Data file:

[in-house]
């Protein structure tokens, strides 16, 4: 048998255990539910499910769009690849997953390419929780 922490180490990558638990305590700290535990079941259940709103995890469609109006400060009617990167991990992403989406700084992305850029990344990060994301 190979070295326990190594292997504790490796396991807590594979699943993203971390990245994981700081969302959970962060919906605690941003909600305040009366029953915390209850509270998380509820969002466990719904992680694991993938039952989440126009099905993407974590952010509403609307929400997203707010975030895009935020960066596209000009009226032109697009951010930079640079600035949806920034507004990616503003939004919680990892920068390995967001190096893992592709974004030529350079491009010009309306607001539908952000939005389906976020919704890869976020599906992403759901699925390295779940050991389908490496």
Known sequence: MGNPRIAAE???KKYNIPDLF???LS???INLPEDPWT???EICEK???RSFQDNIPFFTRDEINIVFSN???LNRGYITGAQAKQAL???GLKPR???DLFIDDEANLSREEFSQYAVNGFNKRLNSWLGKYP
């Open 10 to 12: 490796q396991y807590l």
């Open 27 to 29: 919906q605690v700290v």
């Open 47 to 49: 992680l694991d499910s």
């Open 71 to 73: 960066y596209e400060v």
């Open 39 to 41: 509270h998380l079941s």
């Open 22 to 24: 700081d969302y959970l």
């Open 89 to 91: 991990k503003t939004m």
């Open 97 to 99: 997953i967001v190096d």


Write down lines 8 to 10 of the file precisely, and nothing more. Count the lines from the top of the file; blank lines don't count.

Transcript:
């Open 39 to 41: 509270h998380l079941s």
């Open 22 to 24: 700081d969302y959970l």
């Open 89 to 91: 991990k503003t939004m």